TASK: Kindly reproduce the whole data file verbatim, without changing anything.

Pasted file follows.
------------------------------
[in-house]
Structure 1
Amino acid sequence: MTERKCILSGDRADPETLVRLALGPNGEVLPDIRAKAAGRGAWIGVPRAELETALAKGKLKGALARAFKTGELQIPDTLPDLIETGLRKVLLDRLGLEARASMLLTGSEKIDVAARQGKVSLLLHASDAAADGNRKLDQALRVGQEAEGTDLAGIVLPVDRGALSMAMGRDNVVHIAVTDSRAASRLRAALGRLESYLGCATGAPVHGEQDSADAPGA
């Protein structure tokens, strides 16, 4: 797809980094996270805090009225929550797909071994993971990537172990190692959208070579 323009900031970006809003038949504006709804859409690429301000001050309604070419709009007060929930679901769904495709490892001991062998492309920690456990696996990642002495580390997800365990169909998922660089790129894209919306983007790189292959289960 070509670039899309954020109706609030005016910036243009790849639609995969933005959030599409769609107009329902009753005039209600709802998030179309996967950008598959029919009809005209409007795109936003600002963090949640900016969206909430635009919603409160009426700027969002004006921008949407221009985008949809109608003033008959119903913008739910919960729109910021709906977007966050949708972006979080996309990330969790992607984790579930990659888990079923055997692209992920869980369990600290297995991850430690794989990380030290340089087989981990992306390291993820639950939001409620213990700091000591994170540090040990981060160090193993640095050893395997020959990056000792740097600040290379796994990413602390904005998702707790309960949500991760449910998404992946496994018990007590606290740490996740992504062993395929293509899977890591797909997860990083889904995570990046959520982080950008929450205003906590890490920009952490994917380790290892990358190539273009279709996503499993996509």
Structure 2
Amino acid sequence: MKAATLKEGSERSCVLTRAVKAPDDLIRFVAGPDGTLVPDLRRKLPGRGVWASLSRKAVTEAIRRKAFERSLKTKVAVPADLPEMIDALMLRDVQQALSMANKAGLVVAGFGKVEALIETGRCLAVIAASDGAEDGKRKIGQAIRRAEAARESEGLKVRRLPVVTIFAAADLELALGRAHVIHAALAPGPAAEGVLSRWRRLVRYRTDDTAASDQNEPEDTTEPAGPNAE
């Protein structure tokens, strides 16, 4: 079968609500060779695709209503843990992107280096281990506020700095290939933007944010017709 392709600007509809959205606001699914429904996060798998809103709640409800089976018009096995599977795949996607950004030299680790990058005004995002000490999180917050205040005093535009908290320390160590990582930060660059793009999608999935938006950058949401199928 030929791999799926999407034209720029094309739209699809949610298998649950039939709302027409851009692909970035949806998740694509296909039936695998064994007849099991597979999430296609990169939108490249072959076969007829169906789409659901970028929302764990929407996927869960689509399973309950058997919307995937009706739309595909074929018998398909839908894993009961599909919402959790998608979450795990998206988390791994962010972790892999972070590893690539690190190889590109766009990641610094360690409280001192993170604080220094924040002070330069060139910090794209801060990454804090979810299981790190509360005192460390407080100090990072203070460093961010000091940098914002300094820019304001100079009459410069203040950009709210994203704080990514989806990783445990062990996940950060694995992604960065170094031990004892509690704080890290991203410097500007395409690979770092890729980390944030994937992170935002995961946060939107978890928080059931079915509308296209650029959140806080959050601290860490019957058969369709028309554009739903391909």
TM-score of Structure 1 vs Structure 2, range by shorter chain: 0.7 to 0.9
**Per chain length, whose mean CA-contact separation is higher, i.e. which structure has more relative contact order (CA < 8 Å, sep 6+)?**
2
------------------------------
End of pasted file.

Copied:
[in-house]
Structure 1
Amino acid sequence: MTERKCILSGDRADPETLVRLALGPNGEVLPDIRAKAAGRGAWIGVPRAELETALAKGKLKGALARAFKTGELQIPDTLPDLIETGLRKVLLDRLGLEARASMLLTGSEKIDVAARQGKVSLLLHASDAAADGNRKLDQALRVGQEAEGTDLAGIVLPVDRGALSMAMGRDNVVHIAVTDSRAASRLRAALGRLESYLGCATGAPVHGEQDSADAPGA
């Protein structure tokens, strides 16, 4: 797809980094996270805090009225929550797909071994993971990537172990190692959208070579 323009900031970006809003038949504006709804859409690429301000001050309604070419709009007060929930679901769904495709490892001991062998492309920690456990696996990642002495580390997800365990169909998922660089790129894209919306983007790189292959289960 070509670039899309954020109706609030005016910036243009790849639609995969933005959030599409769609107009329902009753005039209600709802998030179309996967950008598959029919009809005209409007795109936003600002963090949640900016969206909430635009919603409160009426700027969002004006921008949407221009985008949809109608003033008959119903913008739910919960729109910021709906977007966050949708972006979080996309990330969790992607984790579930990659888990079923055997692209992920869980369990600290297995991850430690794989990380030290340089087989981990992306390291993820639950939001409620213990700091000591994170540090040990981060160090193993640095050893395997020959990056000792740097600040290379796994990413602390904005998702707790309960949500991760449910998404992946496994018990007590606290740490996740992504062993395929293509899977890591797909997860990083889904995570990046959520982080950008929450205003906590890490920009952490994917380790290892990358190539273009279709996503499993996509």
Structure 2
Amino acid sequence: MKAATLKEGSERSCVLTRAVKAPDDLIRFVAGPDGTLVPDLRRKLPGRGVWASLSRKAVTEAIRRKAFERSLKTKVAVPADLPEMIDALMLRDVQQALSMANKAGLVVAGFGKVEALIETGRCLAVIAASDGAEDGKRKIGQAIRRAEAARESEGLKVRRLPVVTIFAAADLELALGRAHVIHAALAPGPAAEGVLSRWRRLVRYRTDDTAASDQNEPEDTTEPAGPNAE
């Protein structure tokens, strides 16, 4: 079968609500060779695709209503843990992107280096281990506020700095290939933007944010017709 392709600007509809959205606001699914429904996060798998809103709640409800089976018009096995599977795949996607950004030299680790990058005004995002000490999180917050205040005093535009908290320390160590990582930060660059793009999608999935938006950058949401199928 030929791999799926999407034209720029094309739209699809949610298998649950039939709302027409851009692909970035949806998740694509296909039936695998064994007849099991597979999430296609990169939108490249072959076969007829169906789409659901970028929302764990929407996927869960689509399973309950058997919307995937009706739309595909074929018998398909839908894993009961599909919402959790998608979450795990998206988390791994962010972790892999972070590893690539690190190889590109766009990641610094360690409280001192993170604080220094924040002070330069060139910090794209801060990454804090979810299981790190509360005192460390407080100090990072203070460093961010000091940098914002300094820019304001100079009459410069203040950009709210994203704080990514989806990783445990062990996940950060694995992604960065170094031990004892509690704080890290991203410097500007395409690979770092890729980390944030994937992170935002995961946060939107978890928080059931079915509308296209650029959140806080959050601290860490019957058969369709028309554009739903391909």
TM-score of Structure 1 vs Structure 2, range by shorter chain: 0.7 to 0.9
**Per chain length, whose mean CA-contact separation is higher, i.e. which structure has more relative contact order (CA < 8 Å, sep 6+)?**
2